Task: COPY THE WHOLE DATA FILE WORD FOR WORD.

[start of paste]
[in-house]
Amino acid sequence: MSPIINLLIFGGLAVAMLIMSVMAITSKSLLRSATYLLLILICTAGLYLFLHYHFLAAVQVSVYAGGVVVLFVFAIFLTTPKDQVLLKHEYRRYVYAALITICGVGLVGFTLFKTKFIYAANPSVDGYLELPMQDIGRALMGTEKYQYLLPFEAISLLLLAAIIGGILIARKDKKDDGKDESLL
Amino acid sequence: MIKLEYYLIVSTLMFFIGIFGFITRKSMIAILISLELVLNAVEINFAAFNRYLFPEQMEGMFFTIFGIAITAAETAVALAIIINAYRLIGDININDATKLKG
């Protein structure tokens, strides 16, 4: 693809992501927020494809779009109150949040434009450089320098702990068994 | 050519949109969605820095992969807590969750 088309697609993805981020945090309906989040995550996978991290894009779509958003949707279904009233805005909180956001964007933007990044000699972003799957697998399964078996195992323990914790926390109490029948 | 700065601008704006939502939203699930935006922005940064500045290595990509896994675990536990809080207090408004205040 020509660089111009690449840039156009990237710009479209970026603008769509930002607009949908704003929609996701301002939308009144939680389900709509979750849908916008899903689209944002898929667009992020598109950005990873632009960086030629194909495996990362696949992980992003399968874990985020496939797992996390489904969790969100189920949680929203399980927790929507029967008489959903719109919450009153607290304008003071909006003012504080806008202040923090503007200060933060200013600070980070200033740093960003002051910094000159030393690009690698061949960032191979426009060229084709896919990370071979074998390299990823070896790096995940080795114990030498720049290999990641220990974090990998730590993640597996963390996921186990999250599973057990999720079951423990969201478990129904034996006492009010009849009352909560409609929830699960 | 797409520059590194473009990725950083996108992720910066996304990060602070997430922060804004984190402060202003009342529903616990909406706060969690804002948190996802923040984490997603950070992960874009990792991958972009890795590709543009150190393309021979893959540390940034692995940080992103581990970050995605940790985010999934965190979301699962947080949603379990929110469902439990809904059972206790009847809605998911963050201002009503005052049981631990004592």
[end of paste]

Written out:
[in-house]
Amino acid sequence: MSPIINLLIFGGLAVAMLIMSVMAITSKSLLRSATYLLLILICTAGLYLFLHYHFLAAVQVSVYAGGVVVLFVFAIFLTTPKDQVLLKHEYRRYVYAALITICGVGLVGFTLFKTKFIYAANPSVDGYLELPMQDIGRALMGTEKYQYLLPFEAISLLLLAAIIGGILIARKDKKDDGKDESLL
Amino acid sequence: MIKLEYYLIVSTLMFFIGIFGFITRKSMIAILISLELVLNAVEINFAAFNRYLFPEQMEGMFFTIFGIAITAAETAVALAIIINAYRLIGDININDATKLKG
């Protein structure tokens, strides 16, 4: 693809992501927020494809779009109150949040434009450089320098702990068994 | 050519949109969605820095992969807590969750 088309697609993805981020945090309906989040995550996978991290894009779509958003949707279904009233805005909180956001964007933007990044000699972003799957697998399964078996195992323990914790926390109490029948 | 700065601008704006939502939203699930935006922005940064500045290595990509896994675990536990809080207090408004205040 020509660089111009690449840039156009990237710009479209970026603008769509930002607009949908704003929609996701301002939308009144939680389900709509979750849908916008899903689209944002898929667009992020598109950005990873632009960086030629194909495996990362696949992980992003399968874990985020496939797992996390489904969790969100189920949680929203399980927790929507029967008489959903719109919450009153607290304008003071909006003012504080806008202040923090503007200060933060200013600070980070200033740093960003002051910094000159030393690009690698061949960032191979426009060229084709896919990370071979074998390299990823070896790096995940080795114990030498720049290999990641220990974090990998730590993640597996963390996921186990999250599973057990999720079951423990969201478990129904034996006492009010009849009352909560409609929830699960 | 797409520059590194473009990725950083996108992720910066996304990060602070997430922060804004984190402060202003009342529903616990909406706060969690804002948190996802923040984490997603950070992960874009990792991958972009890795590709543009150190393309021979893959540390940034692995940080992103581990970050995605940790985010999934965190979301699962947080949603379990929110469902439990809904059972206790009847809605998911963050201002009503005052049981631990004592």